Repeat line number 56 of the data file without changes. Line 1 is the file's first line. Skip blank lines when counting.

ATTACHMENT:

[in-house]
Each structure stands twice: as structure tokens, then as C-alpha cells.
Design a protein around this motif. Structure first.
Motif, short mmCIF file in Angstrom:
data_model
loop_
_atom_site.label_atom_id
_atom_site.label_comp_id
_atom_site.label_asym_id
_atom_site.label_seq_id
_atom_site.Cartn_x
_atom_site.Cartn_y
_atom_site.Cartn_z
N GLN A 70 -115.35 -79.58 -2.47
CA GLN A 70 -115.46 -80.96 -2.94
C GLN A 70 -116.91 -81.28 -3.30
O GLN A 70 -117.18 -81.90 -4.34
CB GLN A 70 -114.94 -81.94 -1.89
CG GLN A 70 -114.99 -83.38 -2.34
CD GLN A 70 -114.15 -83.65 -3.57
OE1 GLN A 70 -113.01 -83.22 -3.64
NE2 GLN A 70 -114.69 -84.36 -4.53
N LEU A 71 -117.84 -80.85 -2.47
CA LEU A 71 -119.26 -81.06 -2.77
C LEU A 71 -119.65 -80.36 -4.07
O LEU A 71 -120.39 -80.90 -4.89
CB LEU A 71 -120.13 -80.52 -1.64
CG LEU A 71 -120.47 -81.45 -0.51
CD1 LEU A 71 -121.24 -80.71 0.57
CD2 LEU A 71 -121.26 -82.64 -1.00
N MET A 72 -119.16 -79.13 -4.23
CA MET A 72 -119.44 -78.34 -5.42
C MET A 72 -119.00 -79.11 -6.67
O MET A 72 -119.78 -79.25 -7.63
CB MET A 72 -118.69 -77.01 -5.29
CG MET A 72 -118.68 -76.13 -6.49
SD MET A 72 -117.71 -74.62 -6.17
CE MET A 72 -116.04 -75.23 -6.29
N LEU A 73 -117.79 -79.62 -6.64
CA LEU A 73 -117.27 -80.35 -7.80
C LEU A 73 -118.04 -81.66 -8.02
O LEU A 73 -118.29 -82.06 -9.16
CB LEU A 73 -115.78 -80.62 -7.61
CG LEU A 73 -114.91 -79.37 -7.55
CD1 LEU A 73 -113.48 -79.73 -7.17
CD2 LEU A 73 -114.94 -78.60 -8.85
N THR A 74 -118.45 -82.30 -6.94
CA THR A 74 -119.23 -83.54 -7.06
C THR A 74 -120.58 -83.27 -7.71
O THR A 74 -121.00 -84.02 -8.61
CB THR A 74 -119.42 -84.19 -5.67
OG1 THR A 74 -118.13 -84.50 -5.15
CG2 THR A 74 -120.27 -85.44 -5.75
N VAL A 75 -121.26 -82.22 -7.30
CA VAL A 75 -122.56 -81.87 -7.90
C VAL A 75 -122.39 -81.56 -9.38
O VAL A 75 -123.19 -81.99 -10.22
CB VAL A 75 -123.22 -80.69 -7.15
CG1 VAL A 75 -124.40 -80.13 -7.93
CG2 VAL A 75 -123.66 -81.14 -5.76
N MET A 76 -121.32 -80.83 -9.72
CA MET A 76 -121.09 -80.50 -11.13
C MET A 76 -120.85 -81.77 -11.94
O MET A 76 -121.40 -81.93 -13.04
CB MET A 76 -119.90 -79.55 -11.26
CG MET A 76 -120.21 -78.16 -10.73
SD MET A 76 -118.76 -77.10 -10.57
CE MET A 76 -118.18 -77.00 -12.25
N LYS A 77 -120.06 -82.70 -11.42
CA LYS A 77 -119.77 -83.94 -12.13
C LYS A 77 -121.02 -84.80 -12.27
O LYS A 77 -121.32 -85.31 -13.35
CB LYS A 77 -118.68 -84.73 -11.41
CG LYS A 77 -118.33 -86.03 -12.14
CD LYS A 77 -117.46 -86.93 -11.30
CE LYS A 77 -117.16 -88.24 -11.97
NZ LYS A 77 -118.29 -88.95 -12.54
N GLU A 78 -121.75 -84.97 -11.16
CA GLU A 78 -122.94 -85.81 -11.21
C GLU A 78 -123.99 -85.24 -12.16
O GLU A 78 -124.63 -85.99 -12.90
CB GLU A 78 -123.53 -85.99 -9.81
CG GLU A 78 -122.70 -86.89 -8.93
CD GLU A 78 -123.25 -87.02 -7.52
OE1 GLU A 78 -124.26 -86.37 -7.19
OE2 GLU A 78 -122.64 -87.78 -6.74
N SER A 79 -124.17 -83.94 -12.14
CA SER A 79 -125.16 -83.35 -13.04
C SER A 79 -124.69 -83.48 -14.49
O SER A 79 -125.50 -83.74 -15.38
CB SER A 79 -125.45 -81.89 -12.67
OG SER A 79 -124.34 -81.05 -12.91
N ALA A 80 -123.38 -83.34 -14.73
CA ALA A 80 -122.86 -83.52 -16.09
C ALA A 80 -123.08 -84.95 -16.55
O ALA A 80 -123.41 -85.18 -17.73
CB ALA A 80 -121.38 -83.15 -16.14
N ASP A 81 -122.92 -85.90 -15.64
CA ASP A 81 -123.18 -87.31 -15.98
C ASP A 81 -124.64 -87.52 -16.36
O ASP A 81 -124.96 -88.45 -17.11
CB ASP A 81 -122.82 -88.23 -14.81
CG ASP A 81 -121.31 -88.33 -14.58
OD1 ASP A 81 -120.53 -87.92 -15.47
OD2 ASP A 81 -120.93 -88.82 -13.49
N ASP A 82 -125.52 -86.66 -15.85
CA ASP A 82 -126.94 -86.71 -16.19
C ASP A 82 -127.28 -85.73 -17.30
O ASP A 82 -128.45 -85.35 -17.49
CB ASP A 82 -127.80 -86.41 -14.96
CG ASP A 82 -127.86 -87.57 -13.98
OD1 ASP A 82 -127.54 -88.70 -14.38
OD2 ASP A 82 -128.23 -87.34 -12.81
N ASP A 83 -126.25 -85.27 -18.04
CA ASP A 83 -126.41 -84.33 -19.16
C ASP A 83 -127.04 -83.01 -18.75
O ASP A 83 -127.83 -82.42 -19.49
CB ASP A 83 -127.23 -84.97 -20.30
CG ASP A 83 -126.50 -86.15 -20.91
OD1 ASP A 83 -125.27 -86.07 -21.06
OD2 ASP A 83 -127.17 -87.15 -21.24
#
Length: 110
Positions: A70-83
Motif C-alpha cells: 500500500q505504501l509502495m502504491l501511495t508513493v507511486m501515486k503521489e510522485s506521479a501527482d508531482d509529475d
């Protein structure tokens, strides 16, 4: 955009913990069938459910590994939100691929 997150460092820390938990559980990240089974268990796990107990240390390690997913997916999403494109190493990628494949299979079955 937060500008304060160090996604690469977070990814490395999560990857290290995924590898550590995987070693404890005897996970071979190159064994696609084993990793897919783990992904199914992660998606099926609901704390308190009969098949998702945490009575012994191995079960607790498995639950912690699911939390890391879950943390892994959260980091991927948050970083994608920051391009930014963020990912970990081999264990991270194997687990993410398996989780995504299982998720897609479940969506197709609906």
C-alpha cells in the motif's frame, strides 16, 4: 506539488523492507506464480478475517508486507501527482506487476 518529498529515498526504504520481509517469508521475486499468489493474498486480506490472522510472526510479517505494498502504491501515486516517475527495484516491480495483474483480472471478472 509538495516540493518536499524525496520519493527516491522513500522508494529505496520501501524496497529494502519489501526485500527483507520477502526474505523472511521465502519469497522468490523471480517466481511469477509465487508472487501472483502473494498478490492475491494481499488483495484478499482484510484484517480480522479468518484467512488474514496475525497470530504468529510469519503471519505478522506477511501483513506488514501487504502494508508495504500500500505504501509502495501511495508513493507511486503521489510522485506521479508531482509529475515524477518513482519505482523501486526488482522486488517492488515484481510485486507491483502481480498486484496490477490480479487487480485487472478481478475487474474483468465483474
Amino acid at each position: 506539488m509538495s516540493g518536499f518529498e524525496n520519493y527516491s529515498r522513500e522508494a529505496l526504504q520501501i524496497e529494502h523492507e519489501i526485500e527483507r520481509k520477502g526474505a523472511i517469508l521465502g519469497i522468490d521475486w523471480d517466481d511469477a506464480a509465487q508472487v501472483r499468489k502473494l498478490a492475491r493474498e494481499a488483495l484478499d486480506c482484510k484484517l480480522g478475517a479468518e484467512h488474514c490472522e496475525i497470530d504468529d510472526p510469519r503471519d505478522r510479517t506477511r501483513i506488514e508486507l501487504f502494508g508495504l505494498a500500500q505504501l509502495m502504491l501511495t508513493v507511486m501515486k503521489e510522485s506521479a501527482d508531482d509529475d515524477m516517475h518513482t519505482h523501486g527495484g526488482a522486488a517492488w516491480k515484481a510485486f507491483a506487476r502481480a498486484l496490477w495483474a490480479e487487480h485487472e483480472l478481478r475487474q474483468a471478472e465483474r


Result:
C VAL A 75 -122.39 -81.56 -9.38